I have three grown step-children, three grandchildren, two golden retrievers lying beside me as we speak named Bit O’Honey and Sugar Baby, and we live in a big house that’s very much a home and not a showplace. It’s a house where the kids romp, the dogs romp, and you can sit on any piece of furniture.

I do laundry and I cook – there aren’t any servants waiting on us. Just last year I got someone to help me with paperwork one afternoon a week.

Does your husband read your books?

He’s read a few, but he doesn’t any more because he got upset reading the violent scenes. He can’t separate the books from me. To me, they are totally separate – they are not me, they are themselves. All I’m doing is telling about people as though they are people I have met. It’s hard for Gary to separate the imagination from the person.

What was your introduction to romance? What authors, romance or otherwise, do you like to read?

I can’t remember if it was Kathleen Woodiwiss or a Harlequin romance. My favorite authors are Iris Johansen, Stephanie Laurens, Mary Balogh, Carla Kelly, new SIM author Fiona Brand, SF/Romance writer S.L. Viehl, Stephen Hunter and John Maxim. If I had to choose a favorite book, I’d go with the Outlander series by Diana Gabaldon.

Do you have plans for a web site?

I should have one operational within a month.

What are you working on now? When will we see it on sale?

I’m in the thinking process, just barely getting to know the characters for the next Pocket hardcover. It’ll be on sale next August.

Who are your favorite heroes and heroines besides Sam and Jaine?

Jane and Grant from Midnight Rainbow, Jillian and Ben in Heart of Fire were so much fun it was just unreal. Zane Mackenzie – I absolutely adored him. I really love Maddie in Duncan’s Bride.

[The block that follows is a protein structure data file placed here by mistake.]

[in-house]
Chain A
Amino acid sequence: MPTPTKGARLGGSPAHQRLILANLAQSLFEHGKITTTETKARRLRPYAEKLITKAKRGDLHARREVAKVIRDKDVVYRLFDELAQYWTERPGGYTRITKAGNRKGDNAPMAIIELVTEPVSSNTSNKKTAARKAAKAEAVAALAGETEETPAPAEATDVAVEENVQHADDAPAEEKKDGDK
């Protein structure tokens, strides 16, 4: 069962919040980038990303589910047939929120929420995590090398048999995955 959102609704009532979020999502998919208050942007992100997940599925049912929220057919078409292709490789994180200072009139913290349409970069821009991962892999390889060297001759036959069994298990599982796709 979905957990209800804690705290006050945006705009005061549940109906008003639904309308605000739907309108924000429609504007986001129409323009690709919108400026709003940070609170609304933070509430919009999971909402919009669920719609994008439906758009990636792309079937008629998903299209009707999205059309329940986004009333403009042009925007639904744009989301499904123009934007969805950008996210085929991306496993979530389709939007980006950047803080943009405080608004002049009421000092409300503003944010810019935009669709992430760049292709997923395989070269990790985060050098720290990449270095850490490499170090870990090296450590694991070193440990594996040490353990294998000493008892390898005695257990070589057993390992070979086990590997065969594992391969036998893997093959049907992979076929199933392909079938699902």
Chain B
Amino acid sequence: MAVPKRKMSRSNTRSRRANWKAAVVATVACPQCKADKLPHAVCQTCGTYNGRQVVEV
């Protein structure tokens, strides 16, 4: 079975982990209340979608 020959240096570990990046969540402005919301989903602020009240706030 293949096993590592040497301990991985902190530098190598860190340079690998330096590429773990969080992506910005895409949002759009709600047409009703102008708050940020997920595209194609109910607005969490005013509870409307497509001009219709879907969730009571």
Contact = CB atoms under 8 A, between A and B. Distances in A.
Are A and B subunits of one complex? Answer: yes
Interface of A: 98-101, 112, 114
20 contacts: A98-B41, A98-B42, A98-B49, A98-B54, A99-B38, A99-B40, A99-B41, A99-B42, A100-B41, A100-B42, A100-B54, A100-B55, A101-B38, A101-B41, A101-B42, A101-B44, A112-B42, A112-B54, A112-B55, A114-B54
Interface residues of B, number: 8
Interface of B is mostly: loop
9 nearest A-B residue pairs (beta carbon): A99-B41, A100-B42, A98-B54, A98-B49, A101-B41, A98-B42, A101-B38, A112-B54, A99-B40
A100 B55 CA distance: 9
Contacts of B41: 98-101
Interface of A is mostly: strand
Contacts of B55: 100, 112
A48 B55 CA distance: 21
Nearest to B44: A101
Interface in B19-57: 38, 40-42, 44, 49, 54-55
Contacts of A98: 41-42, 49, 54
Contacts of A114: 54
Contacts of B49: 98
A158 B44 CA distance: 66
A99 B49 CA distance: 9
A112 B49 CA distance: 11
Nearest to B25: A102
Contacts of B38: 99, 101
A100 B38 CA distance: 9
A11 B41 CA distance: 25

You have written such a variety of stories – from ranchers and a mail-ordered bride to time travel to psychics and cops – if God told you today that you could only write one type of book in the future, what would you say?

I would say, “Oh God, please don’t make me do that!” My interests skip around so much and I call it the God of Writing. This is going to sound so totally weird, but I had written two historicals for Pocket, and my editor at the time, Claire Zion, wanted me to write another one. I didn’t have another historical idea – not even a glimmer of one. I wanted to write Dream Man – I already had it in mind. I had gone to UPS and was driving back home, talking out loud to myself, muttering, and I said, “I don’t have an historical idea.” And this deep voice from beside me said, “What about the healer?” I immediately had the whole plot for The Touch of Fire. Immediately. It was either the God of Writing – because it was an external voice beside me, deep and masculine – or there are such things as guardian angels and my guardian angel was riding with me and got tired of listening to me bitch.

–Laurie Likes Books

Linda Howard at AAR